Donald Trump wants to “open up” American libel laws to make it easier for politicians such as himself to sue newspapers that write things of which he disapproves. The problem faced by Trump — and by his pal Harry Reid, who wants to use federal law to censor political speech — is that the First Amendment severely limits what men who dream of shutting down newspapers (and little magazines) can actually do.
What does “opening up” mean in this context?
I spent most of my career as a newspaper editor, and blustering imbeciles like Donald Trump threatened to sue me about once a week or so. I never lost a case. I never even saw one get all the way to the courtroom, for that matter. That’s because, as with Rosemary Lehmberg’s persecution of Republican politicians in Texas, the point of libel suits — including the one National Review currently is fighting with global-warming clown Michael Mann — isn’t to win the case. The point is to harass you, to consume your time, energy, and money in dealing with the case. You might win the suit, you might never see the inside of a courtroom, but it still costs you $800 every time you pick up the phone with your lawyer. That’s why people sue, nine times out of ten: pure harassment.
American libel law is organized around a three-part test. For a claim to be libelous, it must be 1) false; 2) defamatory; 3) published with actual malice or reckless disregard for the truth.
All of these give Plaintiff Trump some problems.
Because a claim must be false to be libelous, truth is an absolute defense against libel. So, for instance, if I write that Donald Trump is a blazing jackass who has driven his companies into bankruptcy four times, mainly because he doesn’t know how to handle debt, Trump can’t do anything about that, because it is true. If I write that Trump is poorly positioned to take on Wall Street because he owes practically every bank on the street enormous sums of money, I’m golden, because it is true. If I write that Donald J. Trump is a lowlife who has cheated on his wives and betrayed his own family and the families of others through his remarkable personal commitment to adultery, Trump has no recourse, because this is true. If I write that the fact that Melania Trump was a client of Trump’s dopey little modeling agency strikes me as creepy indeed — I advocate the separation of sex and payroll — I’m on solid ground, because the facts of the case are not in dispute. If I write that you credulous yokels who believe that Trump is self-funding his presidential campaign have fallen for an obvious lie, I am protected by the fact that this is documented truth.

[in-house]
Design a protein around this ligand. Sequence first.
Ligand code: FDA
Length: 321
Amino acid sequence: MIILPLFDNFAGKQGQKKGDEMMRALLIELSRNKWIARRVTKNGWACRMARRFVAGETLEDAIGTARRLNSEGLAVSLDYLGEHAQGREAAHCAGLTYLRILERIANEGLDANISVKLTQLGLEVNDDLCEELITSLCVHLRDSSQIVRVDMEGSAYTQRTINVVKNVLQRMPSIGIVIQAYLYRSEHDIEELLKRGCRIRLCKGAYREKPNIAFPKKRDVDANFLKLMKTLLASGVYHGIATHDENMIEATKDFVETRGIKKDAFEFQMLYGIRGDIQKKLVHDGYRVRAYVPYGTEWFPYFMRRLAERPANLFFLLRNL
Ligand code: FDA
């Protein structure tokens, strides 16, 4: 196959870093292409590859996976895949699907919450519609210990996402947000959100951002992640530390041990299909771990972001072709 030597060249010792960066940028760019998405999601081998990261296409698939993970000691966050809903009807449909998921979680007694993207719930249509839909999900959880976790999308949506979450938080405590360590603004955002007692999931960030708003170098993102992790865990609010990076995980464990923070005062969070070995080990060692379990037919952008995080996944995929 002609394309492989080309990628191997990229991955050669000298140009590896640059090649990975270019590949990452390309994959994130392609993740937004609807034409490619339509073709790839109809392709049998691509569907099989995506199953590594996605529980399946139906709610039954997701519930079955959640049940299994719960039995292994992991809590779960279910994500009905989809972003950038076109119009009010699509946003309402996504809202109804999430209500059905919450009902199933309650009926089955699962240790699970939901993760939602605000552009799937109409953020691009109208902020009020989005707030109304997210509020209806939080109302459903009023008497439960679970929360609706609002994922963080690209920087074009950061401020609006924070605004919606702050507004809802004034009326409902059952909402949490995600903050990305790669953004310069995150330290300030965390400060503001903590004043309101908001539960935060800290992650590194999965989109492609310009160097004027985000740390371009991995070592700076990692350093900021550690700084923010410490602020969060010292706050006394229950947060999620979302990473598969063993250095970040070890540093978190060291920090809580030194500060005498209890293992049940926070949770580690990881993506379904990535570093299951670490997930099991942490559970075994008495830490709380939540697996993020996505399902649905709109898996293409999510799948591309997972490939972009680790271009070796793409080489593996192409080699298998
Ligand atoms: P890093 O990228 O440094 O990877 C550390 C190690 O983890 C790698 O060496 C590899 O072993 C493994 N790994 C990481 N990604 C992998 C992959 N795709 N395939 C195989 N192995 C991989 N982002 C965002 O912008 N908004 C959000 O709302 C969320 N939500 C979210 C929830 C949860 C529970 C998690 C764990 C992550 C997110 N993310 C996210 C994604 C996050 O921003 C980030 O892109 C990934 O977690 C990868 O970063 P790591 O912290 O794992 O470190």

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(The doctrine that some plaintiffs are “libel proof” is controversial, and one of the important cases establishing limits on that doctrine is Buckley v. Littell, in which the founder of this magazine prevailed over a knucklehead who inaccurately described him as a furtherer of fascist policies.)
“Actual malice” and “reckless disregard for the truth” can get pretty complicated, too. For example, when an intellectually dishonest twerp like Matt Bruenig makes up out of whole cloth false racist quotes and attributes them to me, that’s actual malice. When a feckless talking head such as Andrea Tantaros manufactures ex nihilo a claim that I directed some sort of menstrual humor her way, that’s at the very least reckless disregard for the truth – which, come to think of it, is a pretty good description of Tantaros’s entire journalistic career.
Media outlets covering Trump could hardly be expected to police his lies, since he lies basically all the time about basically everything.
But it is rare that controversial cases are that straightforward. For example, if X claims that Y did something wrong, and X is a source that is well-positioned to know this, or is a person of some responsibility, then it may not be libelous to report a false and defamatory claim from X about Y. For example, when Harry Reid falsely and maliciously claimed that Mitt Romney had failed to pay his taxes, he was defaming Romney, but when the New York Times repeated that claim, it wasn’t libeling Romney: When the top Democrat in the Senate is making those kinds of claims, it’s news even if it is a lie. Likewise, Donald Trump is lying when he says, e.g., that this magazine is going out of business, or that nobody listens to Hugh Hewitt, but these claims aren’t actionable. And media outlets covering Trump could hardly be expected to police his lies, since he lies basically all the time about basically everything.
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Then there’s the problem of “fair comment.” For example, if I note that it’s really weird that Trump spends so very much time talking about his sex life (in contrast, to, say, a George Clooney or a Brad Pitt) and that this seems to me especially strange and unseemly given, e.g., his fondness for wearing cosmetics, his poodled-up hair, his being an unnatural shade of orange, his goofy and effeminate mannerisms, his boys’-school background, his habit of blaring the music from Cats and Phantom of the Opera at campaign events, the fact that he makes Liberace look butch by comparison, etc. – that sort of thing is covered under fair-comment protections. As is my standing observation that a substantial portion of his most enthusiastic followers are strangely arrested by gonadal tropes and homoerotic fantasies.
Truth is an absolute defense against libel. No wonder Trump is unhappy with that state of affairs.
— Kevin D. Williamson is roving correspondent for National Review.